Spontaneous bacterial peritonitis
|Spontaneous bacterial peritonitis|
|Classification and external resources|
Spontaneous bacterial peritonitis (SBP) is the development of a bacterial infection in the peritoneum causing peritonitis, despite the absence of an obvious source for the infection. It occurs almost exclusively in people with portal hypertension (increased pressure over the portal vein), usually as a result of cirrhosis of the liver. It can also occur in patients with nephrotic syndrome.
The diagnosis of SBP requires paracentesis (aspiration of fluid with a needle) from the abdominal cavity. If the fluid contains bacteria or large numbers of neutrophil granulocytes (>250 cells/µL) (a type of white blood cells), infection is confirmed and antibiotics are required to avoid complications. In addition to antibiotics, infusions of albumin are usually administered.
Signs and symptoms
Symptoms include fevers, chills, nausea, vomiting, abdominal tenderness and general malaise. Patients may complain of abdominal pain and worsening ascites. Thirteen percent of patients have no signs or symptoms. Hepatic encephalopathy may be the only manifestation of SBP; in the absence of a clear precipitant for the encephalopathy, all patients should undergo paracentesis, or sampling of the ascites fluid, in order to assess for SBP.
SBP is thought to result from a combination of factors inherent in cirrhosis and ascites, such as prolonged bacteremia secondary to compromised host defenses, intrahepatic shunting of colonized blood, and defective bactericidal activity within the ascitic fluid. Pharmacologic acid suppression has also been associated with SBP in patients with advanced cirrhosis. Contrary to earlier theories, transmucosal migration of bacteria from the gut to the ascitic fluid is no longer considered to play a major role in the etiology of SBP.
With respect to compromised host defenses, patients with severe acute or chronic liver disease are often deficient in complement and may also have malfunctioning of the neutrophilic and reticuloendothelial systems.
As for the significance of ascitic fluid proteins, it was demonstrated that cirrhotic patients with ascitic protein concentrations below 1 g/dL were 10 times more likely to develop SBP than individuals with higher concentrations. It is thought that the antibacterial, or opsonic, activity of ascitic fluid is closely correlated with the protein concentration. Additional studies have confirmed the validity of the ascitic fluid protein concentration as the best predictor of the first episode of SBP.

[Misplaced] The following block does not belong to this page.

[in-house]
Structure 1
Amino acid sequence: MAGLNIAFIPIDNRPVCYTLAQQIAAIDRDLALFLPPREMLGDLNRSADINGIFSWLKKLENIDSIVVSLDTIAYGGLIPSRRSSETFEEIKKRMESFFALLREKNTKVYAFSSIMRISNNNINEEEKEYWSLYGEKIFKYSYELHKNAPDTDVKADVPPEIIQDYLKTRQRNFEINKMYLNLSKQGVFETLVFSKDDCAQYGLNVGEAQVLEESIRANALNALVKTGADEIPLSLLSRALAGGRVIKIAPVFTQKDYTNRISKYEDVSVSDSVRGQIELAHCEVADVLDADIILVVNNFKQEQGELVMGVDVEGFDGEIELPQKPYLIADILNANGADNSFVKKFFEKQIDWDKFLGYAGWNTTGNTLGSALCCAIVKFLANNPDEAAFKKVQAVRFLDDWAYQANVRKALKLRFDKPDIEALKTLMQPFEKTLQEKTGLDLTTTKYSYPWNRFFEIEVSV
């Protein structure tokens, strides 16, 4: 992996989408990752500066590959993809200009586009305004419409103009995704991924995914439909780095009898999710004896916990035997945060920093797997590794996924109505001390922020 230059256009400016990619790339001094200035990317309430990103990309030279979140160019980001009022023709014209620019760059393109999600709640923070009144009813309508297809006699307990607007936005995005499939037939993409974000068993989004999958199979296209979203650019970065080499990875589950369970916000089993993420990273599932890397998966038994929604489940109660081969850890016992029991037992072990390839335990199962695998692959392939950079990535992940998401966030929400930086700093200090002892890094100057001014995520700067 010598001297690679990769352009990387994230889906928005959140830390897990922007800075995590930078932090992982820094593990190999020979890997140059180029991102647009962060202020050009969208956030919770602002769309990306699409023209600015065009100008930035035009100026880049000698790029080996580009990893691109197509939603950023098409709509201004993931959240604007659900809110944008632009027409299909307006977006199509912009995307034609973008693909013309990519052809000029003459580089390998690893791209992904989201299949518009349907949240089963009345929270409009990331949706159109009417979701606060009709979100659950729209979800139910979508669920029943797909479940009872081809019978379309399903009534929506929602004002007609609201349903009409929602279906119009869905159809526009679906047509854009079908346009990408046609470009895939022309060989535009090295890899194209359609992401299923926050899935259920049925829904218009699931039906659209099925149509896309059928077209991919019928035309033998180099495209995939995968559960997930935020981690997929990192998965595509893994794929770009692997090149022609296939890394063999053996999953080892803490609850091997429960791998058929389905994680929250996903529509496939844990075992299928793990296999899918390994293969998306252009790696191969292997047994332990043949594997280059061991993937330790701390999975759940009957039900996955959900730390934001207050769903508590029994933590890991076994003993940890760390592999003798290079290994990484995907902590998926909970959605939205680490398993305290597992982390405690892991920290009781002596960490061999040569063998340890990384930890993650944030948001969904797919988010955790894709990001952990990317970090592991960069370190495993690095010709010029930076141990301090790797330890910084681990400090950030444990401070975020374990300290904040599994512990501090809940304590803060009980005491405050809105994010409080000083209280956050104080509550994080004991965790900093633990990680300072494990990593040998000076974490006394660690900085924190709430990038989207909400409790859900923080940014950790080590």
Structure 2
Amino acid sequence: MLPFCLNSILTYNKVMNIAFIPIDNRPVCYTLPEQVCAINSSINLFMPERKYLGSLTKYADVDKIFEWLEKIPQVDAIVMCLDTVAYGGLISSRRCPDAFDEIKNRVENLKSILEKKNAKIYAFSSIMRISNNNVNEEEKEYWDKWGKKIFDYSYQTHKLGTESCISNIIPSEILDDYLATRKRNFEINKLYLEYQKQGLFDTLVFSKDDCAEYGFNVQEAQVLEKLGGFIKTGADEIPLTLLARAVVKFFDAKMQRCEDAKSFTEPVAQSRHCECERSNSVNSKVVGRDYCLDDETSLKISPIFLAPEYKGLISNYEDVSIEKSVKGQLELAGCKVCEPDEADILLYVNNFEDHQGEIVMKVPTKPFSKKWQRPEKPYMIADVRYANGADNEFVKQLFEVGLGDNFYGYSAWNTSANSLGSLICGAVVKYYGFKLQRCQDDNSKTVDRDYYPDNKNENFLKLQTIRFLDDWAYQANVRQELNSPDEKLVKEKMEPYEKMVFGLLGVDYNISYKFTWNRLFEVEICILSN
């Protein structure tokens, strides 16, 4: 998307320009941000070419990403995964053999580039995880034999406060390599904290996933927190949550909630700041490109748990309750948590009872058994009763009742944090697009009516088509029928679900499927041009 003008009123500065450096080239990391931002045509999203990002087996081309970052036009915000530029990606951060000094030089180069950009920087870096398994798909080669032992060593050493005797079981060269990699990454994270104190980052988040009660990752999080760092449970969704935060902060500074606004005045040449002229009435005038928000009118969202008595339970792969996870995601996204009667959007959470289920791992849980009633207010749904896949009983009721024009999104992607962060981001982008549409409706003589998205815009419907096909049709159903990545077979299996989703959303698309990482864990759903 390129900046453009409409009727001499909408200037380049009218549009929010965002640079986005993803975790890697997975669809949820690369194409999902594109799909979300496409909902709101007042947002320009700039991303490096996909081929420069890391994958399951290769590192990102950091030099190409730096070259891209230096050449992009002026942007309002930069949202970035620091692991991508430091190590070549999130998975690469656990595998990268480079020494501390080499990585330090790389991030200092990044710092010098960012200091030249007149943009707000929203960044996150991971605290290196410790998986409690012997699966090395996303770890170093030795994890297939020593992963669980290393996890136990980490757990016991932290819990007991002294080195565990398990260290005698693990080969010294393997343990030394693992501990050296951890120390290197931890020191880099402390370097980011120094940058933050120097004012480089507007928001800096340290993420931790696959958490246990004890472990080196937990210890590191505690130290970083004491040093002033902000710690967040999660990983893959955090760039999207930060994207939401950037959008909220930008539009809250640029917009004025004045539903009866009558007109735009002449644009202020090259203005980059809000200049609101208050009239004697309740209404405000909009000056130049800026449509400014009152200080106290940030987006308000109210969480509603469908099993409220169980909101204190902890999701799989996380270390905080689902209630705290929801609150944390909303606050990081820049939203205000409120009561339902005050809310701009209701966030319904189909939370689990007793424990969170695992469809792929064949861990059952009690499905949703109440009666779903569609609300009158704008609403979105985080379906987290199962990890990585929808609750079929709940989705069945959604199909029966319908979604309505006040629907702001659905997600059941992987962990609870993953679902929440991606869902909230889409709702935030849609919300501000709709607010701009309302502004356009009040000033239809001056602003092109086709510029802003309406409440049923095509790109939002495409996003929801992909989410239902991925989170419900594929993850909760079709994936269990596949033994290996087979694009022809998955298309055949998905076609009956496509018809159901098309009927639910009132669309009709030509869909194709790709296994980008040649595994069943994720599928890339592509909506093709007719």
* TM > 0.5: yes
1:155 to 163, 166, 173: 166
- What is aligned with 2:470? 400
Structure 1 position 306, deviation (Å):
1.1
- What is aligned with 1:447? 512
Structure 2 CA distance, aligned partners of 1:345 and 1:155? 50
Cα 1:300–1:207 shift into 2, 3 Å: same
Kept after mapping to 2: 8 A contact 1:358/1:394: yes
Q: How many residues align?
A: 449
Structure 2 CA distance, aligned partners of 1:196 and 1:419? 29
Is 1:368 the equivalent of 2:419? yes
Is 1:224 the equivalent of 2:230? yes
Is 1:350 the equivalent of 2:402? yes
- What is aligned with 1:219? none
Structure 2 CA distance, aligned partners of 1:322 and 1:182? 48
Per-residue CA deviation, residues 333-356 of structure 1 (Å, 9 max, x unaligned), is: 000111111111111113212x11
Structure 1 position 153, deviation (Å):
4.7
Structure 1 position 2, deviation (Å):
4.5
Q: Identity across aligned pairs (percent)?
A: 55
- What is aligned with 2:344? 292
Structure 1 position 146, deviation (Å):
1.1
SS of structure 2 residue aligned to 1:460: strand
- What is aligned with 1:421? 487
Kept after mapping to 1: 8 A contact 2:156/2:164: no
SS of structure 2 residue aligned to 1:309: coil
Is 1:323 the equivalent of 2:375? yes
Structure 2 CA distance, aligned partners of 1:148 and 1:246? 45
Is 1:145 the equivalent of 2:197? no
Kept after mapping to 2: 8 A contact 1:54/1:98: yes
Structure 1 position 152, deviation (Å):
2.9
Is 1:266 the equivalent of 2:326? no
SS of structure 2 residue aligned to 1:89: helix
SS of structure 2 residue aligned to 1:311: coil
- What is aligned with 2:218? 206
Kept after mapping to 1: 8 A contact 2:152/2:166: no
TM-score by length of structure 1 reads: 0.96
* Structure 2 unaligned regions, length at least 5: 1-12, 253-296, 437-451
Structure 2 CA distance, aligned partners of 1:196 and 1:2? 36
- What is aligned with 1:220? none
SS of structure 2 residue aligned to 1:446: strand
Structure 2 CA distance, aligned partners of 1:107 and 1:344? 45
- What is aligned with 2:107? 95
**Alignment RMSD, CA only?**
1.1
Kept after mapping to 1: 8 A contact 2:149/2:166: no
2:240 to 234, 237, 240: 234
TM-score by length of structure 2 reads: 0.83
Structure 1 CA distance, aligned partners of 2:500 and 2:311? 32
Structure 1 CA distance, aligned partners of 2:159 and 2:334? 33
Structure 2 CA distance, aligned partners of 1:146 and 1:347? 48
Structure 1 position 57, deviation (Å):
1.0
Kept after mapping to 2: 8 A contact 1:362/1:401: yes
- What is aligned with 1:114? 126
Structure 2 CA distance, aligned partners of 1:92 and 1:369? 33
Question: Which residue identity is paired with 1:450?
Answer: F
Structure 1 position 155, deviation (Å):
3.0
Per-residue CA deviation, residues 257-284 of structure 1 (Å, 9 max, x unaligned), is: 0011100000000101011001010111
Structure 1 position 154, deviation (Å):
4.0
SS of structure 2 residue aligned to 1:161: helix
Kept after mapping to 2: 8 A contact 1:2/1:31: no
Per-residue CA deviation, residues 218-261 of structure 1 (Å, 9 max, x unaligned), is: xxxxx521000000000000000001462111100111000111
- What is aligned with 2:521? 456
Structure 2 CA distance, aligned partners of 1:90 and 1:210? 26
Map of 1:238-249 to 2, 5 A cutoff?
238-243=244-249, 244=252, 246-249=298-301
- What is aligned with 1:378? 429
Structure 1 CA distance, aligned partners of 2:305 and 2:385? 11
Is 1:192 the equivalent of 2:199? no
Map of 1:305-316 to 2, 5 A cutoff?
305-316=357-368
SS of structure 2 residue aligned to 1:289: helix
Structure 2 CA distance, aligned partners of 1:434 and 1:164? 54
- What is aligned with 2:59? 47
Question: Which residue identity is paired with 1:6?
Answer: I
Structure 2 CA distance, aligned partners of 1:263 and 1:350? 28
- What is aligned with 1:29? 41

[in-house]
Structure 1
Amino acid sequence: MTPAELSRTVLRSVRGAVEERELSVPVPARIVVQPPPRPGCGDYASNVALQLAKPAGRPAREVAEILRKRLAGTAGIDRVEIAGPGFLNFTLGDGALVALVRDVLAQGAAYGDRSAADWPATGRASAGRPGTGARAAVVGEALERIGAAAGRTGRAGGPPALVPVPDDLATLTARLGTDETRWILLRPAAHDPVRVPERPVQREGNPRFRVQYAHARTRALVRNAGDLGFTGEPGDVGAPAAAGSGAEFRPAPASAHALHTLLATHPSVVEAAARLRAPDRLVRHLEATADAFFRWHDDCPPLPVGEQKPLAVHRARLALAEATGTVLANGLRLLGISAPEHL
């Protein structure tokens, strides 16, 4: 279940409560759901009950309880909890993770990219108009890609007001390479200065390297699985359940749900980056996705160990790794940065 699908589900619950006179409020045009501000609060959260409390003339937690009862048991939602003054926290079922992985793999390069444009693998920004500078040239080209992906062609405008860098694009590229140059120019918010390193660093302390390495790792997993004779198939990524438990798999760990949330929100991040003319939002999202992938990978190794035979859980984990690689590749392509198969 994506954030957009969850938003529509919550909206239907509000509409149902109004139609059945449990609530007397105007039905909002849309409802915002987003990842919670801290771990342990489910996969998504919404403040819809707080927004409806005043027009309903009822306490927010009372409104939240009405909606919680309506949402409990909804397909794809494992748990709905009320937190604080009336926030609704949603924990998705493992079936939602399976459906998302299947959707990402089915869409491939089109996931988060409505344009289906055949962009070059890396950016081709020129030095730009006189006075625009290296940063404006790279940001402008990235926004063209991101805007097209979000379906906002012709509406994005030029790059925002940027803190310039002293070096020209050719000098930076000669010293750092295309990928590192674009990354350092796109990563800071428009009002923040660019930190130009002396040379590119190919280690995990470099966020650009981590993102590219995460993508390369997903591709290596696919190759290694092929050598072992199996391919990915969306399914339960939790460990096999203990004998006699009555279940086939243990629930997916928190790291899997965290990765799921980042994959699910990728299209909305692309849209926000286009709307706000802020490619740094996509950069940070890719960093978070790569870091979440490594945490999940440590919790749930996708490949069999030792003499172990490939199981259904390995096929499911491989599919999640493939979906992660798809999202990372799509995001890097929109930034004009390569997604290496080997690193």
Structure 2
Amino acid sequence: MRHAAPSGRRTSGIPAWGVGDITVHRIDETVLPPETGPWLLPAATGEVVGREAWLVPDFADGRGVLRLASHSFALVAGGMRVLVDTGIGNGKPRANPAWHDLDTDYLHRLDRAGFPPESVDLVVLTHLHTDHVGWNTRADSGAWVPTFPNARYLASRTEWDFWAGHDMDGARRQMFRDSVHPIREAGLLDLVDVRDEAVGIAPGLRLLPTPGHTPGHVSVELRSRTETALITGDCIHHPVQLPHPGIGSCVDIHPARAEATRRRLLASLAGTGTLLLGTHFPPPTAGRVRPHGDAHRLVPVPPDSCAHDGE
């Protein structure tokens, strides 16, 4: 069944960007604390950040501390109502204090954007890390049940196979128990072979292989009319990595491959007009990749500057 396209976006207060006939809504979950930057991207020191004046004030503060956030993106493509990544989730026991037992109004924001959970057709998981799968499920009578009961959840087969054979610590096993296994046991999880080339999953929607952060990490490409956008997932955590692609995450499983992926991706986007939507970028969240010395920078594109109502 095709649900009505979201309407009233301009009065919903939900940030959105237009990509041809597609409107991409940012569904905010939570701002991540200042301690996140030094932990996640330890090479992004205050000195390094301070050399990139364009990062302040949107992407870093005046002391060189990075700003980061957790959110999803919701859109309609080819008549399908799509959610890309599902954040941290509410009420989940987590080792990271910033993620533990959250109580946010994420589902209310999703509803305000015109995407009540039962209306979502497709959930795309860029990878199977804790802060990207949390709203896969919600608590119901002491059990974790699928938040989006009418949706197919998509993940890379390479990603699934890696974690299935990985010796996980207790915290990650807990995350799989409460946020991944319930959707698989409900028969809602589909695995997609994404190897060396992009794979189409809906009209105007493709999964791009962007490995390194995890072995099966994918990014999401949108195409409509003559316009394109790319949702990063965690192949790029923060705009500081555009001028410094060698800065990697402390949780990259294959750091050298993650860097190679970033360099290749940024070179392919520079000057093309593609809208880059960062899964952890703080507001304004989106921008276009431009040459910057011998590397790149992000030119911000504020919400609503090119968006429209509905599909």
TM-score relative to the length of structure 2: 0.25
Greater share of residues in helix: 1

Diagnosis is made by paracentesis (needle aspiration of the ascitic fluid). SBP is diagnosed if the fluid contains neutrophils (a type of white blood cell) at greater than 250 cells per mm³ (equals a cell count of 250 x106/L) fluid in the absence of another reason for this (such as inflammation of one of the internal organs or a perforation). The fluid is also cultured to identify bacteria. If the sample is sent in a plain sterile container 40% of samples will identify an organism, while if the sample is sent in a bottle with culture medium the sensitivity increases to 72-90%.
All people with cirrhosis might benefit from antibiotics (oral fluoroquinolone norfloxacin) if:
- Ascitic fluid protein <1.0 g/dL. Patients with fluid protein <15 g/L and either Child-Pugh score of at least 9 or impaired renal function may also benefit.
- Previous SBP
People with cirrhosis admitted to the hospital should receive prophylactic antibiotics if:
After confirmation of SBP, patients need hospital admission for intravenous antibiotics. They will often also receive intravenous albumin. A repeat paracentesis in 48 hours is sometimes performed to ensure control of infection. Once patients have recovered from SBP, they require regular prophylactic antibiotics as long as they still have ascites.
Patients with ascites underwent routine paracentesis, the incidence of active SBP ranged from 10% to 27% at the time of hospital admission.
SBP was first described in 1964 by Prof Harold O. Conn.
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